What sets apart Heat: How To Stop the Planet from Burning by George Monbiot, and part of what makes it worth your time to read five years after its publication, is its unusual take on the problem of the global warming. Rather than trying to convince readers of the dangers of climage change, it tackles the complex and thorny problem of an adequate societal response.
George Monbiot sets himself the formidable task of finding ways to reduce the U.K.'s energy usage by 90% between 2007 and 2030. He says that he chose that number based on a study by the U.K.'s MET office. (If that seems extreme, in 2009 Hans Schellnhuber, Germany's chief climate advisor, found that 100% reductions would be necessary, as noted in Mark Hertsgaard's Hot.) The focus is not the whys of such a reduction, though they get their due, but the hows: how on Earth we could do such a thing without throwing whole societies into chaos. How it could be possible without freezing, starving, being rendered immobile, or plunged into literal and figurative darkness.
The wonder of the matter is that Monbiot does, for the most part, succeed.
In the process, he delves deeply into problems of energy generation and use, both mechanical and economic. What is, and is not, possible and feasible is not merely summarized, but explained.
Along the way, issues that might be entirely unfamiliar to non-engineers crop up. For instance, I hadn't known that energy companies need to boost generation in anticipation of what would seem to be minor blips in demand. Something as innocuous as the timing of the end of a major football (or, in our terms, soccer... or then again, football) match has to be monitored.
How come? Because when it's over, a staggering number of U.K. viewers will get up and turn on an electric kettle to make tea, and the electricity has to be there when they do.
Monbiot relies on data and logical analysis to persuade. His purpose is quite evidently not to make the reader feel comfortable. His emotional appeals sometimes seem designed to provoke as much shame as empathy, as in the chapter about air travel (the one place where he cannot achieve his emissions goal). He concludes, not happily, that routine air travel is incompatible with preserving a liveable planet. He is abundantly aware of his readers' likely impulse to reject that conclusion, since it affects them so closely. He himself refuses to reject it because he can't find a basis on which to do so, besides selfish desires.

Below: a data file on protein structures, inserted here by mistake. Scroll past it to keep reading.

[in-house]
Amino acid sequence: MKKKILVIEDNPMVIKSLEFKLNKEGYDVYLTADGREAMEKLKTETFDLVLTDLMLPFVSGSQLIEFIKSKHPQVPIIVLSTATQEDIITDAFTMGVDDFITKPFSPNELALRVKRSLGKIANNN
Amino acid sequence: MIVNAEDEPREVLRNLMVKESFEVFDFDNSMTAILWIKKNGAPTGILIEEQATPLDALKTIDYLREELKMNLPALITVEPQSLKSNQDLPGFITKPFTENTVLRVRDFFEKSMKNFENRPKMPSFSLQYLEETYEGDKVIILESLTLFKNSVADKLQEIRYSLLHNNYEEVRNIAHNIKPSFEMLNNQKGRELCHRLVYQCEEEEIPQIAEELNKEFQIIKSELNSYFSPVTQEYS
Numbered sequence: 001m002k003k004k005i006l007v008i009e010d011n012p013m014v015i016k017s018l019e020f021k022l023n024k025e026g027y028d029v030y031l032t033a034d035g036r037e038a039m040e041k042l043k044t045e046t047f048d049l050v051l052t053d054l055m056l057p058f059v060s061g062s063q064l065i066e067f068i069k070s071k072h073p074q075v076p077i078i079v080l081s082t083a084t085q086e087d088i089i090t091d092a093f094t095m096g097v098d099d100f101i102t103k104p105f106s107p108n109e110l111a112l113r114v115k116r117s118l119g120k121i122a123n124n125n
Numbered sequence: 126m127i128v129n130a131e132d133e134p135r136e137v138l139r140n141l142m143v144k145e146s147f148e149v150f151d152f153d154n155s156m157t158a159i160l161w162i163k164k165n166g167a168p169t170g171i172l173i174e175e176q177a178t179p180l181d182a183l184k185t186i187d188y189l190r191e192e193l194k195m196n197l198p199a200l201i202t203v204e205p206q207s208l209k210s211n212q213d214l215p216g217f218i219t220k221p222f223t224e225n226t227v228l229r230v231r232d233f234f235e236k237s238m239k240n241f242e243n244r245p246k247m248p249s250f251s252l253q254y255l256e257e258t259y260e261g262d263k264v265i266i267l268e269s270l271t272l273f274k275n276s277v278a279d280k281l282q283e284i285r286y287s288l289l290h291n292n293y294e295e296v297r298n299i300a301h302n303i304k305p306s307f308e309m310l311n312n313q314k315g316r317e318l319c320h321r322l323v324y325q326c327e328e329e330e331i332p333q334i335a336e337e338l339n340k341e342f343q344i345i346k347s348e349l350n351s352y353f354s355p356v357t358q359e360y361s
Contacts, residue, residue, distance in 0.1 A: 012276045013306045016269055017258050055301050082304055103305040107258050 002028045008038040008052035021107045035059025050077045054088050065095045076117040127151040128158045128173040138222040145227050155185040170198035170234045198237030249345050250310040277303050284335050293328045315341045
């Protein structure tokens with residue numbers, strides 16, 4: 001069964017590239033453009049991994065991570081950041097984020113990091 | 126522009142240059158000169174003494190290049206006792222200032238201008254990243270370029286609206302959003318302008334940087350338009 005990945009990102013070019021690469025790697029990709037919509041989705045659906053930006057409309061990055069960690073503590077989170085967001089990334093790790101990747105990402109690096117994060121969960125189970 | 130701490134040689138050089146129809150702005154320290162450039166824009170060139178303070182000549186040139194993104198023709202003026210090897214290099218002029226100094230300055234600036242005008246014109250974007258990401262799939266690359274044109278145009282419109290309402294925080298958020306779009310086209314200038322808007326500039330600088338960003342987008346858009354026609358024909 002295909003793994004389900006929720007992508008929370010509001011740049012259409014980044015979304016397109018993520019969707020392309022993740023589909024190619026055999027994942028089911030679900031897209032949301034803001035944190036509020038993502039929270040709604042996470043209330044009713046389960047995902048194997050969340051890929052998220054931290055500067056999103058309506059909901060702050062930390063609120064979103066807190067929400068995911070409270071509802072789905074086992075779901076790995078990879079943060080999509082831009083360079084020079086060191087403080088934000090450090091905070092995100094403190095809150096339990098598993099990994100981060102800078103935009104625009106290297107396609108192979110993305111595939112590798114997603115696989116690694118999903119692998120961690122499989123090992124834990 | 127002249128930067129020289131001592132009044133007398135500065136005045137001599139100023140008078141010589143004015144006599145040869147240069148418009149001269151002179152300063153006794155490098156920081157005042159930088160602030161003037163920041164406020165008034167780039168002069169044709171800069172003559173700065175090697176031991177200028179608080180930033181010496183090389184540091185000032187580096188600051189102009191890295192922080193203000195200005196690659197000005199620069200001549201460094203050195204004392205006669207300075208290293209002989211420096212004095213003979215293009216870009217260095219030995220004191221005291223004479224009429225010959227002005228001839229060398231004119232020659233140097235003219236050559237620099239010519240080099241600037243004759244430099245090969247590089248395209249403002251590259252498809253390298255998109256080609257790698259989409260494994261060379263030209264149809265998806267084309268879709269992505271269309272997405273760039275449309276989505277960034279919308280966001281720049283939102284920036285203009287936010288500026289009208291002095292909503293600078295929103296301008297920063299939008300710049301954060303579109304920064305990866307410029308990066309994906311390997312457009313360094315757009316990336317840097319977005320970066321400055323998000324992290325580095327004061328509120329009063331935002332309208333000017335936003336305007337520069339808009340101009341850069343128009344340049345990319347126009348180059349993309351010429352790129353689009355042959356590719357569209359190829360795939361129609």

Late in the book, he admits that he has set aside sentiment to write certain passages, as it is impossible for him to write about the climatic catastrophes that await if he lets himself think of the real human beings and human societies they'll affect. Monbiot may be, or affect, the prickly curmudgeon, but there is feeling beneath the prickliness.
The style of Heat is dense, sometimes technical, and always direct. While Monbiot is certainly aware of the obstacles, he has little patience for bluster about what political realities demand, when he knows the planet itself has its own inexorable realities. Physics cannot be bargained with.
This is not to say Monbiot lacks an understanding of human dynamics. Indeed, he puts forth an insightful proposition at the end, pointing out that climate change campaigning puts us in the unusual position of having to "fight ourselves" as well as politicians and energy companies (p. 212).
And then he says this:
The problem is not that no meaningful progress has been made at the international climate talks. The problem is that we have not wanted it to happen. ... [I]f those governments that have expressed a commitment to stopping climate change have found their efforts frustrated, it is partly because they wanted them frustrated. They know that inside their electors there is a small but insistent voice asking them both to try and to fail. They know if they had the misfortune to succeed, our lives would have to change. They know that we can contemplate the transformation of anyone's existence but our own. (pp. 212-123)I wish I could be sure he's wrong. But the truth is, it's hard to imagine a lifestyle fundamentally different from the one we're used to. I am convinced -- sometimes to horror -- of the danger. I know a change of course is necessary. I want to believe myself willing to jump in feet first... but that doesn't mean there's no trepidation involved. My health situation makes some of the necessary changes especially daunting.
The problem is, everyone can cite some kind of obstacle, some reason they can't change what they're doing. We do need structural reforms to make change doable. We need our collective imagination to envision what change woud look like. But perhaps most challenging of all, we in the developled world need to demand that governments, businesses, and civil institutions push us to alter our own lives -- and maybe make them harder.
And we have to mean it.
Heat is not an easy book to read, on any level. Which is the other reason you should read it.
Monbiot, George. Heat: How To Stop The Planet From Burning. Cambridge, MA: South End Press, 2007.